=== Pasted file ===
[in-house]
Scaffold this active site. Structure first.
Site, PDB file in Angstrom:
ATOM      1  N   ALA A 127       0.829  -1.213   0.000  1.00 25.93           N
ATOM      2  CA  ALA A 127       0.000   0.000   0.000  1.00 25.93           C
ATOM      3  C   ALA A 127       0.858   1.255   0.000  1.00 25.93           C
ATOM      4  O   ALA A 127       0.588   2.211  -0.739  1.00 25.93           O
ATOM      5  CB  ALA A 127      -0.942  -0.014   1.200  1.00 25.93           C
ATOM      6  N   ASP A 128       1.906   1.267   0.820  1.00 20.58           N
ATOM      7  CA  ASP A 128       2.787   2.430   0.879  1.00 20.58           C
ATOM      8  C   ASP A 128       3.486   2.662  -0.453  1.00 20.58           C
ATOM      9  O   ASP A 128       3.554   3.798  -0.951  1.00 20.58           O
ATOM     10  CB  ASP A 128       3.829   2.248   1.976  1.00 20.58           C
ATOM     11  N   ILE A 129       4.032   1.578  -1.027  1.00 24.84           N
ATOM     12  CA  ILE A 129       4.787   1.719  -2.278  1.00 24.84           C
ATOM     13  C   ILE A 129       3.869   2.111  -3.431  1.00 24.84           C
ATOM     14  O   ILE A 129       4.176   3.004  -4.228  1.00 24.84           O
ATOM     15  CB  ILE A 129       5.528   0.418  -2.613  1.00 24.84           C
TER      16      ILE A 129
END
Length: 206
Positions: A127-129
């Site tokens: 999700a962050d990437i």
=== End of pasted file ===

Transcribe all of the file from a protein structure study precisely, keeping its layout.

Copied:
[in-house]
Scaffold this active site. Structure first.
Site, PDB file in Angstrom:
ATOM      1  N   ALA A 127       0.829  -1.213   0.000  1.00 25.93           N
ATOM      2  CA  ALA A 127       0.000   0.000   0.000  1.00 25.93           C
ATOM      3  C   ALA A 127       0.858   1.255   0.000  1.00 25.93           C
ATOM      4  O   ALA A 127       0.588   2.211  -0.739  1.00 25.93           O
ATOM      5  CB  ALA A 127      -0.942  -0.014   1.200  1.00 25.93           C
ATOM      6  N   ASP A 128       1.906   1.267   0.820  1.00 20.58           N
ATOM      7  CA  ASP A 128       2.787   2.430   0.879  1.00 20.58           C
ATOM      8  C   ASP A 128       3.486   2.662  -0.453  1.00 20.58           C
ATOM      9  O   ASP A 128       3.554   3.798  -0.951  1.00 20.58           O
ATOM     10  CB  ASP A 128       3.829   2.248   1.976  1.00 20.58           C
ATOM     11  N   ILE A 129       4.032   1.578  -1.027  1.00 24.84           N
ATOM     12  CA  ILE A 129       4.787   1.719  -2.278  1.00 24.84           C
ATOM     13  C   ILE A 129       3.869   2.111  -3.431  1.00 24.84           C
ATOM     14  O   ILE A 129       4.176   3.004  -4.228  1.00 24.84           O
ATOM     15  CB  ILE A 129       5.528   0.418  -2.613  1.00 24.84           C
TER      16      ILE A 129
END
Length: 206
Positions: A127-129
């Site tokens: 999700a962050d990437i």